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Machine Gun Kelly + Avril Lavigne at Footprint Center

July 11 @ 8:00 pm - 11:30 pm

Delivering lyrics with the speed of a bullet train, Cleveland rapper Machine Gun Kelly experienced a meteoric rise in late 2011 when he transitioned from grinding out self-released mixtapes to working with major labels. From there, the rapper skyrocketed to superstar status, with each of his albums charting in the Top Ten. A beef with Eminem, a film career, and even some reality show appearances would follow as the high-powered lyrical rap style of albums like 2019’s Hotel Diablo morphed into a driving emo-rock sound on collaborations with Travis Barker and on the Barker-produced 2020 album Tickets to My Downfall, which topped the Billboard 200. Kelly worked alongside Barker again in 2022 on album number six, Mainstream Sellout.

Born Colson Baker in Texas but raised in the Cleveland suburb of Shaker Heights, Machine Gun Kelly began making music in his teens and made news in 2009 when he became the first rapper to win amateur night at Harlem’s Apollo Theater. A series of mixtapes, including 100 Words and Running, Lace Up, and Rage Pack, came next, and a 2011 performance at South by Southwest was followed immediately by a meeting with Sean Combs. Kelly signed with Comb‘s Bad Boy imprint that night and released the single “Wild Boy” on the label the same year. The track featured special guest Waka Flocka Flame, and Kelly’s debut album, Lace Up, landed in 2012. During this time, he also signed a deal with Young & Restless to work on a clothing line. The Black Flag mixtape arrived in 2013, featuring appearances by French Montana, Pusha T, Meek Mill, Wiz Khalifa, and Sleeping with Sirens‘ Kellin Quinn.

In 2015, he released his sophomore effort, General Admission, a dark, autobiographical LP that peaked at number four on the Billboard 200 and topped the R&B/Hip-Hop Albums chart. Kelly released the “Bad Things” single in 2016; the duet with ex-Fifth Harmony member Camila Cabello became the first Top Ten single for both artists. In 2017, Kelly issued his third full-length, Bloom. In addition to “Bad Things,” the effort included collaborations with Hailee Steinfeld (“At My Best”), Quavo and Ty Dolla $ign (“Trap Paris”), James Arthur (“Go for Broke”), and DubXX (“Moonwalkers”). Bloom debuted in the Top Ten of the Billboard 200, peaking at number three on the Top R&B/Hip-Hop Albums chart.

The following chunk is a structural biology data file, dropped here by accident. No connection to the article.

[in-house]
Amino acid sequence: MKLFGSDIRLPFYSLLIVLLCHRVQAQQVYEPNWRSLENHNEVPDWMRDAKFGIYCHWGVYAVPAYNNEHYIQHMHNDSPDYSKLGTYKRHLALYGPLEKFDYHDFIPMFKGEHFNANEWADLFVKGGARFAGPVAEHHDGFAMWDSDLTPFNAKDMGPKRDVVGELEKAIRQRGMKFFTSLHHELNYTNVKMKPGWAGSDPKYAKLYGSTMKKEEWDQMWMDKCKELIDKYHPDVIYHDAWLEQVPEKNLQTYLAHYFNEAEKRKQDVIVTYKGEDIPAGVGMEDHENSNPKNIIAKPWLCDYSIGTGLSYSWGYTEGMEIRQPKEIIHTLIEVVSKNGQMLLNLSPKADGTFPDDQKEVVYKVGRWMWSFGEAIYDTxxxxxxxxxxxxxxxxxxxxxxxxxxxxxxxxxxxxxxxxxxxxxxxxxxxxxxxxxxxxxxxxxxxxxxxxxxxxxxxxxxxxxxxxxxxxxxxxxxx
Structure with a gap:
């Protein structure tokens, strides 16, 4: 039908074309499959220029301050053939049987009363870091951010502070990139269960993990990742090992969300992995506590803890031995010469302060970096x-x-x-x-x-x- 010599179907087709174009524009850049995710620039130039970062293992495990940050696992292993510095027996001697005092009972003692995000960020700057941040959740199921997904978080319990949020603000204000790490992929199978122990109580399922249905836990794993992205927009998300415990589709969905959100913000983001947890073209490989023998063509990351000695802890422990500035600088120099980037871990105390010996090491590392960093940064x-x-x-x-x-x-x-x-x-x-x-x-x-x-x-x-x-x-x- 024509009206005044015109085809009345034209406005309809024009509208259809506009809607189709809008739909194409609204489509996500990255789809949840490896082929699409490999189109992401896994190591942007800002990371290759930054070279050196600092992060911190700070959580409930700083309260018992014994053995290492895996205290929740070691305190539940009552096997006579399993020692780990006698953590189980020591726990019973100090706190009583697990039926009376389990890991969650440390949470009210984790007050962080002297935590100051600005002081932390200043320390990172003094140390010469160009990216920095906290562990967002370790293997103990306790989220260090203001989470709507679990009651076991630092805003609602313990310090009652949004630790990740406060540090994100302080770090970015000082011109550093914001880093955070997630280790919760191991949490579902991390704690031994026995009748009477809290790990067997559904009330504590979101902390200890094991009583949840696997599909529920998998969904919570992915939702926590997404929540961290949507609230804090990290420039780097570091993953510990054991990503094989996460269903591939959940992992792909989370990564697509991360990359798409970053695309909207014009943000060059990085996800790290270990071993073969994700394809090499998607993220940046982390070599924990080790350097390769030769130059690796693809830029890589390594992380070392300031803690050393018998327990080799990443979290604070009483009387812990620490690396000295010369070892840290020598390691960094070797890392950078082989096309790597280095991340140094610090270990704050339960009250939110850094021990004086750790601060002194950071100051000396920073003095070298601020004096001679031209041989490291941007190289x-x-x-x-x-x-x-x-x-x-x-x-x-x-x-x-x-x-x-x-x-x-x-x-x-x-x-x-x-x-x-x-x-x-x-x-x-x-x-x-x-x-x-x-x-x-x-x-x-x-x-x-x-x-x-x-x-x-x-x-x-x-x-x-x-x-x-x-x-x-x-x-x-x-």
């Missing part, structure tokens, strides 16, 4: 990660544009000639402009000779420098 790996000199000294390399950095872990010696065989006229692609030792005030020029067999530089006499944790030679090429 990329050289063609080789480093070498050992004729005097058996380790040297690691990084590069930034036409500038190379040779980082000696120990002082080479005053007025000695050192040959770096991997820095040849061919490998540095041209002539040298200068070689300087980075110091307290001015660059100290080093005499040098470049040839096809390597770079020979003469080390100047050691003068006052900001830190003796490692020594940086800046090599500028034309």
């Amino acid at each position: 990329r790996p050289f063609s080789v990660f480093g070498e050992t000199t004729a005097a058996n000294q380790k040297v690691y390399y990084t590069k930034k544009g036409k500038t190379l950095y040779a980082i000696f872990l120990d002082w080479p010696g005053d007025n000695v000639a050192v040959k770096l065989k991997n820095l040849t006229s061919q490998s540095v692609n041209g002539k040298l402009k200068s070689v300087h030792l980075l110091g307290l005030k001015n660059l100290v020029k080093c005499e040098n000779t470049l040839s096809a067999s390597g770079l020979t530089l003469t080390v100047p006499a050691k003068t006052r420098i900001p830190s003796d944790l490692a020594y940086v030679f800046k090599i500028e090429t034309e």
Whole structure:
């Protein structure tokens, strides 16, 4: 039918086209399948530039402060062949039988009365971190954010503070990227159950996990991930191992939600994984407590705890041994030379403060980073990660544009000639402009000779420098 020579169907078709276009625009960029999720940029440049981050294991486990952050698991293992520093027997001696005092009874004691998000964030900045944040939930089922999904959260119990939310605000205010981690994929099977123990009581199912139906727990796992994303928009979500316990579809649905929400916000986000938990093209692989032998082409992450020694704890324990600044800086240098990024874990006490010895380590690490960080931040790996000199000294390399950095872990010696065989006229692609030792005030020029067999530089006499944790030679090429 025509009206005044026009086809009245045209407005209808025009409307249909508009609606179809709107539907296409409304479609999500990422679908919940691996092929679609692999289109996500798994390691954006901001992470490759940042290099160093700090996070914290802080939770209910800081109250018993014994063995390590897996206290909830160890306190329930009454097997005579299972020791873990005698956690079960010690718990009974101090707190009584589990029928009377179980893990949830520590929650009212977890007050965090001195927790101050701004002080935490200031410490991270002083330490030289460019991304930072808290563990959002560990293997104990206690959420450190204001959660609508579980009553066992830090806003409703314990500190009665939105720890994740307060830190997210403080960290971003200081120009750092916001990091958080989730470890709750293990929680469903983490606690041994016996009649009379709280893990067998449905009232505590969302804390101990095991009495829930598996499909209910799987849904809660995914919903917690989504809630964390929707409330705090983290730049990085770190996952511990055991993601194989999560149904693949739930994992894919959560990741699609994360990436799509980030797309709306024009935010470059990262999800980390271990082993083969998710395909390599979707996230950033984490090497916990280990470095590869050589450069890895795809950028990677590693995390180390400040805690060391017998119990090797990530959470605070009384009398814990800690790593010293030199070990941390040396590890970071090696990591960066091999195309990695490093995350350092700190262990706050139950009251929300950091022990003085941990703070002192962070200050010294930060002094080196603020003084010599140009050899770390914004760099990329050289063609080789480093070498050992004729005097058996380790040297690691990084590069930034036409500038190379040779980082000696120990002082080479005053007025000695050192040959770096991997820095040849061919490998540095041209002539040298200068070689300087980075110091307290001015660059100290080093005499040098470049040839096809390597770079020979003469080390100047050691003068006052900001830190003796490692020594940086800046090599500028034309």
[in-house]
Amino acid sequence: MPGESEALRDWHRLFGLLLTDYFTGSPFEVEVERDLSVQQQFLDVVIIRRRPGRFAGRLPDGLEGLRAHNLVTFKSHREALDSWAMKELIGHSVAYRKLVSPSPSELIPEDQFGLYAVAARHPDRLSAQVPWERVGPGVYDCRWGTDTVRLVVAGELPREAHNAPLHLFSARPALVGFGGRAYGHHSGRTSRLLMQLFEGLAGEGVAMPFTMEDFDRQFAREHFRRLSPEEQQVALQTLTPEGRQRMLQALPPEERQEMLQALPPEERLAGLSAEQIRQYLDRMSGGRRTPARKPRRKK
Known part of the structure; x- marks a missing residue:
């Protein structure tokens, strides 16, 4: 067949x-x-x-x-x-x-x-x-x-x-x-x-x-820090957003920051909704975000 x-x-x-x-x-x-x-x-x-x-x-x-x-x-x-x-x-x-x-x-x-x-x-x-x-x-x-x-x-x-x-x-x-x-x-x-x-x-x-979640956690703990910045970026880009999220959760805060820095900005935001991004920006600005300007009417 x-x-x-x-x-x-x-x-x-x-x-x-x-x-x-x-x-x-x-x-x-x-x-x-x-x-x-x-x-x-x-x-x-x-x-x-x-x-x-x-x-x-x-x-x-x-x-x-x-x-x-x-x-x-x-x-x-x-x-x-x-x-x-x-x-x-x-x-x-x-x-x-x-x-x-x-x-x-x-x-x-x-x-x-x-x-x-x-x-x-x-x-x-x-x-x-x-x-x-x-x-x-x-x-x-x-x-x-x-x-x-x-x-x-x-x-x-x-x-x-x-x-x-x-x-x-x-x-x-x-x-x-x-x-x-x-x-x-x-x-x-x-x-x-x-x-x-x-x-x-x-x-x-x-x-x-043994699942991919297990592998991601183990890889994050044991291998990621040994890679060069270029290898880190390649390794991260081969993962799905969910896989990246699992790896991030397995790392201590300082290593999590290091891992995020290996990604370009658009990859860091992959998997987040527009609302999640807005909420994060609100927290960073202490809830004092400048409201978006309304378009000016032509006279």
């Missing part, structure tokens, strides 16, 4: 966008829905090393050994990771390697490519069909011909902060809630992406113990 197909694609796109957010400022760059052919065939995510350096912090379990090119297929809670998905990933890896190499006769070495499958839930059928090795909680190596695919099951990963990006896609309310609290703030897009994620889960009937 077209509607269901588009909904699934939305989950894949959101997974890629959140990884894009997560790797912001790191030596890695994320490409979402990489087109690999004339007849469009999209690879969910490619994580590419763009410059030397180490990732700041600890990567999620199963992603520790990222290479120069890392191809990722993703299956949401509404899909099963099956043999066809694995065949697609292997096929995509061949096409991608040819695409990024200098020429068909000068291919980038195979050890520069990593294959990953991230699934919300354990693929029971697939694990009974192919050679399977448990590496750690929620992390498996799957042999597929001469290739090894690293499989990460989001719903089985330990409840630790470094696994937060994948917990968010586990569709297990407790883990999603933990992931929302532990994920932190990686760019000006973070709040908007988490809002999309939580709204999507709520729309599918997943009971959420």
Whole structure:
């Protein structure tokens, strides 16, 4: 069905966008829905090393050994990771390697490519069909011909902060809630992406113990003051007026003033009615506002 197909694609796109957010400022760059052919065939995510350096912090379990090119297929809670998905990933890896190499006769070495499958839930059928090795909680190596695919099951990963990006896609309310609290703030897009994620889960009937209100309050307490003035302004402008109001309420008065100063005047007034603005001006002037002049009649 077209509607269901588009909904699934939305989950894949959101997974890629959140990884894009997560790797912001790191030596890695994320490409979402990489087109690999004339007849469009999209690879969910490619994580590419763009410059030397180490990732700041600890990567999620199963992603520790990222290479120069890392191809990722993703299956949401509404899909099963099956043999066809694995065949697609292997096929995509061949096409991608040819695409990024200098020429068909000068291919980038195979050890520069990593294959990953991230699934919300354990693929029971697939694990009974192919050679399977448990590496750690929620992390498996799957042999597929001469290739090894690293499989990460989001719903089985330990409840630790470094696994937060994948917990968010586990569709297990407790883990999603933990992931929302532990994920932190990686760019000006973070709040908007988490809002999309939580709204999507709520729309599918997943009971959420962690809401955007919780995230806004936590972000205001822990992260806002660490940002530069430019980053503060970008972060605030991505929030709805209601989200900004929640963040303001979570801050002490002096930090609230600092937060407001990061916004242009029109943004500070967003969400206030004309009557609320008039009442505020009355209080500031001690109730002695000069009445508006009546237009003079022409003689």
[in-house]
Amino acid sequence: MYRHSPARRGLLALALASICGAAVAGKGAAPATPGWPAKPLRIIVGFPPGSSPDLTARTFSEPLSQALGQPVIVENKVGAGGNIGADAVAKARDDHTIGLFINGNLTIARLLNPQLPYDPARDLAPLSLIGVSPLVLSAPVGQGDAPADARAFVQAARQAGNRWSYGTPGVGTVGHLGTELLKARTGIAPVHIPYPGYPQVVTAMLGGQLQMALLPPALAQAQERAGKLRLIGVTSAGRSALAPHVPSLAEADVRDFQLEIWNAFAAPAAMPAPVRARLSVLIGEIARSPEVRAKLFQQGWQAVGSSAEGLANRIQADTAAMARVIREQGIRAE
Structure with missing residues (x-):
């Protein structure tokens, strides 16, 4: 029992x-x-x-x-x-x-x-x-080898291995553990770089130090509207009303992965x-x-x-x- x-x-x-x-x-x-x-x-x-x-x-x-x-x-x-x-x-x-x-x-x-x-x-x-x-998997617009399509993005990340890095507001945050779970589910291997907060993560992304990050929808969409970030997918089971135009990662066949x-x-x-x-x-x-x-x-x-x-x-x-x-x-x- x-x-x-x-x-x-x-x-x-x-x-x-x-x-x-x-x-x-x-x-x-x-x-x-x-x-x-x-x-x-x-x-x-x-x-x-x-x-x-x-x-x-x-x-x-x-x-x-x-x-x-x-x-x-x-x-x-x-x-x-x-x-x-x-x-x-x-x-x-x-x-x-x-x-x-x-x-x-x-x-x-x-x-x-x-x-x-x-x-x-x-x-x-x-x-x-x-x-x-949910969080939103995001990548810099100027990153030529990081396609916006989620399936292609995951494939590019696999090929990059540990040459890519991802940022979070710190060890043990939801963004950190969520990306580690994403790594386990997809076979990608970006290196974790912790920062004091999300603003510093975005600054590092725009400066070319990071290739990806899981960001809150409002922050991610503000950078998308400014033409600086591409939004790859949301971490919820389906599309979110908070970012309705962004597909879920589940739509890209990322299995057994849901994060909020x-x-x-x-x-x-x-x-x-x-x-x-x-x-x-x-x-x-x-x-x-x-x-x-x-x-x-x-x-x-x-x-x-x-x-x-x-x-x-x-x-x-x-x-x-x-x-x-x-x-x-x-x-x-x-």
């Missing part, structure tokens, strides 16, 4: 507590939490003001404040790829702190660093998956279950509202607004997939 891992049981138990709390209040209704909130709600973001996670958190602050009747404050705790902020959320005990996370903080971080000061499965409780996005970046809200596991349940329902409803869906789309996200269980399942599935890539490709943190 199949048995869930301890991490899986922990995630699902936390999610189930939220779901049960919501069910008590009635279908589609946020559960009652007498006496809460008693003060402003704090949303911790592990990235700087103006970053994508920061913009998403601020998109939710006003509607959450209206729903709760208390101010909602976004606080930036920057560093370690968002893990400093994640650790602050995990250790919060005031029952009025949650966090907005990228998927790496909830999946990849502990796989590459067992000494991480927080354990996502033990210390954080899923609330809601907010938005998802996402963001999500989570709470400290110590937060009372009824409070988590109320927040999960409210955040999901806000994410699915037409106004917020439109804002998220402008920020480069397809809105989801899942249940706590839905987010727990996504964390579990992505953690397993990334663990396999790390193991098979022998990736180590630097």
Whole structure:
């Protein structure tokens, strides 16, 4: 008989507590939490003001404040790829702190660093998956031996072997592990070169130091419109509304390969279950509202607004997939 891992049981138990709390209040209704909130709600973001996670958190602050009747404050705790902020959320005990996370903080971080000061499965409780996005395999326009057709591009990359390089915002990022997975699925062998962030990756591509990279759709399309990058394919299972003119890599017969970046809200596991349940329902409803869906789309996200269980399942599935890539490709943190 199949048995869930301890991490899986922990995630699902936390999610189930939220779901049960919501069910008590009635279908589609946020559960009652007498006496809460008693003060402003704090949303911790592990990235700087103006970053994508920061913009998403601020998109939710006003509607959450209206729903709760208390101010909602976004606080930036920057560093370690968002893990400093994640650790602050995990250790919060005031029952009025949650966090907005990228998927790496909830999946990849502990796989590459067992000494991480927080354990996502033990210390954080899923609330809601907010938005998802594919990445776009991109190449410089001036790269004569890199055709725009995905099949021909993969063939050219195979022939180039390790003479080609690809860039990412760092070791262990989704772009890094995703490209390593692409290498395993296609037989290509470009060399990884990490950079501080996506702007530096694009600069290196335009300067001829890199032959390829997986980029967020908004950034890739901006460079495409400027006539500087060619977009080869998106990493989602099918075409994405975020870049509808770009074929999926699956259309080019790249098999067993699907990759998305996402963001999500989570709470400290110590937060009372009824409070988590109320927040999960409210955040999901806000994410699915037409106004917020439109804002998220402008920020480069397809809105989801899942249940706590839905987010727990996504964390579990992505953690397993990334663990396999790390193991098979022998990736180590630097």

Following the success of the gold-certified third album Bloom, Kelly received an unexpected boost in 2018 from an unlikely source: major influence Eminem, who resurrected a 2012 beef stemming from offhand comments about the Detroit rapper’s daughter. On Eminem‘s Kamikaze attack “Not Alike,” he lobbed a direct shot at Kelly, who quickly responded with the biting diss track “Rap Devil.” As tabloid headlines swirled, the latter song entered the U.S. R&B/Hip-Hop chart Top Ten, jumping to number 13 on the Hot 100. Capitalizing on the surprise boost in exposure, Kelly issued the EP Binge, a dark, trap-influenced set that marked a return to form with a focused flow and sly wordplay. Unencumbered by the star-studded distractions of the pop-friendly Bloom (rapper 24hrs is the only feature), Binge debuted at number 24 on the Billboard 200, also charting in Canada, Australia, and New Zealand. 2019 found Kelly portraying Mötley CrĂŒe drummer Tommy Lee in The Dirt, a stylized biopic on the rise and fall of the hair metal legends. In May of that year, he released the single “Hollywood Whore,” the first offering from his fourth album, Hotel Diablo. Landing that July, the introspective set featured additional singles “El Diablo” and “I Think I’m Okay,” as well as guests Lil Skies, Trippie Redd, Yungblud, and Travis Barker.